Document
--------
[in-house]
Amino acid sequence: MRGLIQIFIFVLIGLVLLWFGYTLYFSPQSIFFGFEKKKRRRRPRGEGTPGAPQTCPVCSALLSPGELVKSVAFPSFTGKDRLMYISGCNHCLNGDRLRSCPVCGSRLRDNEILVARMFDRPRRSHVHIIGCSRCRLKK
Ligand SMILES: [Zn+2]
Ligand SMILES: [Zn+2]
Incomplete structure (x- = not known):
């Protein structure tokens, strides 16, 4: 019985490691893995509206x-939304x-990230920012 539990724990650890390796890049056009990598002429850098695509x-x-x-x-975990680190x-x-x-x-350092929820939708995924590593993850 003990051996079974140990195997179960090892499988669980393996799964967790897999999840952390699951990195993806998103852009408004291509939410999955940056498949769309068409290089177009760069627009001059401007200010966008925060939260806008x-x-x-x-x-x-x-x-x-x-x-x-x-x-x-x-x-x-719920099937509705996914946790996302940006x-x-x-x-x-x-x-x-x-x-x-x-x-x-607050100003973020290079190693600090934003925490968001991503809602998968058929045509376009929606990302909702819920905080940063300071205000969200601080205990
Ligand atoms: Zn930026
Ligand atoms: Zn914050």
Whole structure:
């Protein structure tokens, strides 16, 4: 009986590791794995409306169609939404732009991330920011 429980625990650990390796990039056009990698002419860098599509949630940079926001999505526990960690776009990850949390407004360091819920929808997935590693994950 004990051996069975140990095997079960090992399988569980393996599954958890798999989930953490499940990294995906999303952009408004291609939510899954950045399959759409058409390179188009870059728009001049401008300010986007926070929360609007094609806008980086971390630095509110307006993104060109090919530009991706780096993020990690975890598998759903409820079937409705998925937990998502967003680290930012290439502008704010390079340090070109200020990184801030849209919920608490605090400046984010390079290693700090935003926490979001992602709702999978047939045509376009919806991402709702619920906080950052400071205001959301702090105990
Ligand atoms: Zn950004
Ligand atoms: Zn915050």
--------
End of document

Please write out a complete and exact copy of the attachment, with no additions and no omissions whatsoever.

[in-house]
Amino acid sequence: MRGLIQIFIFVLIGLVLLWFGYTLYFSPQSIFFGFEKKKRRRRPRGEGTPGAPQTCPVCSALLSPGELVKSVAFPSFTGKDRLMYISGCNHCLNGDRLRSCPVCGSRLRDNEILVARMFDRPRRSHVHIIGCSRCRLKK
Ligand SMILES: [Zn+2]
Ligand SMILES: [Zn+2]
Incomplete structure (x- = not known):
């Protein structure tokens, strides 16, 4: 019985490691893995509206x-939304x-990230920012 539990724990650890390796890049056009990598002429850098695509x-x-x-x-975990680190x-x-x-x-350092929820939708995924590593993850 003990051996079974140990195997179960090892499988669980393996799964967790897999999840952390699951990195993806998103852009408004291509939410999955940056498949769309068409290089177009760069627009001059401007200010966008925060939260806008x-x-x-x-x-x-x-x-x-x-x-x-x-x-x-x-x-x-719920099937509705996914946790996302940006x-x-x-x-x-x-x-x-x-x-x-x-x-x-607050100003973020290079190693600090934003925490968001991503809602998968058929045509376009929606990302909702819920905080940063300071205000969200601080205990
Ligand atoms: Zn930026
Ligand atoms: Zn914050």
Whole structure:
């Protein structure tokens, strides 16, 4: 009986590791794995409306169609939404732009991330920011 429980625990650990390796990039056009990698002419860098599509949630940079926001999505526990960690776009990850949390407004360091819920929808997935590693994950 004990051996069975140990095997079960090992399988569980393996599954958890798999989930953490499940990294995906999303952009408004291609939510899954950045399959759409058409390179188009870059728009001049401008300010986007926070929360609007094609806008980086971390630095509110307006993104060109090919530009991706780096993020990690975890598998759903409820079937409705998925937990998502967003680290930012290439502008704010390079340090070109200020990184801030849209919920608490605090400046984010390079290693700090935003926490979001992602709702999978047939045509376009919806991402709702619920906080950052400071205001959301702090105990
Ligand atoms: Zn950004
Ligand atoms: Zn915050």